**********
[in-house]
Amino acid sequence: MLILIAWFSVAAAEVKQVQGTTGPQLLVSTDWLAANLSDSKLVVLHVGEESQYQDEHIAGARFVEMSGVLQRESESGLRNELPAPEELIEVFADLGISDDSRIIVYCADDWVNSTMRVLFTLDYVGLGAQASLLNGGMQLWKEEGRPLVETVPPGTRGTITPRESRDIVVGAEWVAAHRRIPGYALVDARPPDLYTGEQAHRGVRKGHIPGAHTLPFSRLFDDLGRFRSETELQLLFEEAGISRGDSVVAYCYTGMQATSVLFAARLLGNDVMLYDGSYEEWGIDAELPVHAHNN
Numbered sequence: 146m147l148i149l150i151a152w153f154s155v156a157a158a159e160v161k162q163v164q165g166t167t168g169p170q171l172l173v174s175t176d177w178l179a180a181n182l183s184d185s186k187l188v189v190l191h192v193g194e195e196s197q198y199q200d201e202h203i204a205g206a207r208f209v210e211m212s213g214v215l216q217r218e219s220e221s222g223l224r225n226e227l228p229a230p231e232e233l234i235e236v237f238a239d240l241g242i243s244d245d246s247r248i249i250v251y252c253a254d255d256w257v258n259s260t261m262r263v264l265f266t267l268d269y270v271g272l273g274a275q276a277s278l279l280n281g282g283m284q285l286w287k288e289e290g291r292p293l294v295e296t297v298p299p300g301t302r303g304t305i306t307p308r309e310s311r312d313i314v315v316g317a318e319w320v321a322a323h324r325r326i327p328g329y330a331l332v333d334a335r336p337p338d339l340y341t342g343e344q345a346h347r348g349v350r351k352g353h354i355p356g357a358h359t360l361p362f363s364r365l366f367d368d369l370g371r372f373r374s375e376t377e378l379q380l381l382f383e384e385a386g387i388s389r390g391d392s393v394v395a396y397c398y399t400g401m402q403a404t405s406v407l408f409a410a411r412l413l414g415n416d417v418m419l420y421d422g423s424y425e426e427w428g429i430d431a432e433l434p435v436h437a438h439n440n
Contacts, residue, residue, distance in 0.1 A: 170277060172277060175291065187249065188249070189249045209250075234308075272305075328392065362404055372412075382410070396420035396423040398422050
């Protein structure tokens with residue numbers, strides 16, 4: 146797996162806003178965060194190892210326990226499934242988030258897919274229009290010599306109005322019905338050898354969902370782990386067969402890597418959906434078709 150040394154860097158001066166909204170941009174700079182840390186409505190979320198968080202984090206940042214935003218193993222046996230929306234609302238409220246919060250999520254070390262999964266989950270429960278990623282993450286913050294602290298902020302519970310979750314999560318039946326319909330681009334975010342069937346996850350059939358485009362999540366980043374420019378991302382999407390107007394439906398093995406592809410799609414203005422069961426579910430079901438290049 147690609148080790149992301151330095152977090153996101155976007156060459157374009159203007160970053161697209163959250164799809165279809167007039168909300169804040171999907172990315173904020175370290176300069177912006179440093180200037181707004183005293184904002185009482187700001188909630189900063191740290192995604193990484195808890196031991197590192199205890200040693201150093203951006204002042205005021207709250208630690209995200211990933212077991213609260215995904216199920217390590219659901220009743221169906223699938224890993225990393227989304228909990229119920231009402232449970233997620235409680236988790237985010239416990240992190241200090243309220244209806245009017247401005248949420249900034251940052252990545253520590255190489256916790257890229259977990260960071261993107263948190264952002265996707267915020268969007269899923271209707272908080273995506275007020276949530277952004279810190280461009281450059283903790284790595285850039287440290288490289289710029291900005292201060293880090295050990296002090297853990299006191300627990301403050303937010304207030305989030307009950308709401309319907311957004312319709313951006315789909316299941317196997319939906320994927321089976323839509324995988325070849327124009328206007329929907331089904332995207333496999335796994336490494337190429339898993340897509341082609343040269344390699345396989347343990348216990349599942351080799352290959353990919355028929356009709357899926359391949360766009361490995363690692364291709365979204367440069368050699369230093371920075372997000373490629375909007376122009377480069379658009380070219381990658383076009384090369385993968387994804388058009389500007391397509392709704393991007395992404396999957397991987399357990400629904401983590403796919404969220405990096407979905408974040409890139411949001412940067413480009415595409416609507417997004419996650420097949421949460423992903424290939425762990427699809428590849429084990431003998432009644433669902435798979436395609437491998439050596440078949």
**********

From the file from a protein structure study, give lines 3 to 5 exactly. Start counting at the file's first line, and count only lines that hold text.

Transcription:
Numbered sequence: 146m147l148i149l150i151a152w153f154s155v156a157a158a159e160v161k162q163v164q165g166t167t168g169p170q171l172l173v174s175t176d177w178l179a180a181n182l183s184d185s186k187l188v189v190l191h192v193g194e195e196s197q198y199q200d201e202h203i204a205g206a207r208f209v210e211m212s213g214v215l216q217r218e219s220e221s222g223l224r225n226e227l228p229a230p231e232e233l234i235e236v237f238a239d240l241g242i243s244d245d246s247r248i249i250v251y252c253a254d255d256w257v258n259s260t261m262r263v264l265f266t267l268d269y270v271g272l273g274a275q276a277s278l279l280n281g282g283m284q285l286w287k288e289e290g291r292p293l294v295e296t297v298p299p300g301t302r303g304t305i306t307p308r309e310s311r312d313i314v315v316g317a318e319w320v321a322a323h324r325r326i327p328g329y330a331l332v333d334a335r336p337p338d339l340y341t342g343e344q345a346h347r348g349v350r351k352g353h354i355p356g357a358h359t360l361p362f363s364r365l366f367d368d369l370g371r372f373r374s375e376t377e378l379q380l381l382f383e384e385a386g387i388s389r390g391d392s393v394v395a396y397c398y399t400g401m402q403a404t405s406v407l408f409a410a411r412l413l414g415n416d417v418m419l420y421d422g423s424y425e426e427w428g429i430d431a432e433l434p435v436h437a438h439n440n
Contacts, residue, residue, distance in 0.1 A: 170277060172277060175291065187249065188249070189249045209250075234308075272305075328392065362404055372412075382410070396420035396423040398422050
């Protein structure tokens with residue numbers, strides 16, 4: 146797996162806003178965060194190892210326990226499934242988030258897919274229009290010599306109005322019905338050898354969902370782990386067969402890597418959906434078709 150040394154860097158001066166909204170941009174700079182840390186409505190979320198968080202984090206940042214935003218193993222046996230929306234609302238409220246919060250999520254070390262999964266989950270429960278990623282993450286913050294602290298902020302519970310979750314999560318039946326319909330681009334975010342069937346996850350059939358485009362999540366980043374420019378991302382999407390107007394439906398093995406592809410799609414203005422069961426579910430079901438290049 147690609148080790149992301151330095152977090153996101155976007156060459157374009159203007160970053161697209163959250164799809165279809167007039168909300169804040171999907172990315173904020175370290176300069177912006179440093180200037181707004183005293184904002185009482187700001188909630189900063191740290192995604193990484195808890196031991197590192199205890200040693201150093203951006204002042205005021207709250208630690209995200211990933212077991213609260215995904216199920217390590219659901220009743221169906223699938224890993225990393227989304228909990229119920231009402232449970233997620235409680236988790237985010239416990240992190241200090243309220244209806245009017247401005248949420249900034251940052252990545253520590255190489256916790257890229259977990260960071261993107263948190264952002265996707267915020268969007269899923271209707272908080273995506275007020276949530277952004279810190280461009281450059283903790284790595285850039287440290288490289289710029291900005292201060293880090295050990296002090297853990299006191300627990301403050303937010304207030305989030307009950308709401309319907311957004312319709313951006315789909316299941317196997319939906320994927321089976323839509324995988325070849327124009328206007329929907331089904332995207333496999335796994336490494337190429339898993340897509341082609343040269344390699345396989347343990348216990349599942351080799352290959353990919355028929356009709357899926359391949360766009361490995363690692364291709365979204367440069368050699369230093371920075372997000373490629375909007376122009377480069379658009380070219381990658383076009384090369385993968387994804388058009389500007391397509392709704393991007395992404396999957397991987399357990400629904401983590403796919404969220405990096407979905408974040409890139411949001412940067413480009415595409416609507417997004419996650420097949421949460423992903424290939425762990427699809428590849429084990431003998432009644433669902435798979436395609437491998439050596440078949």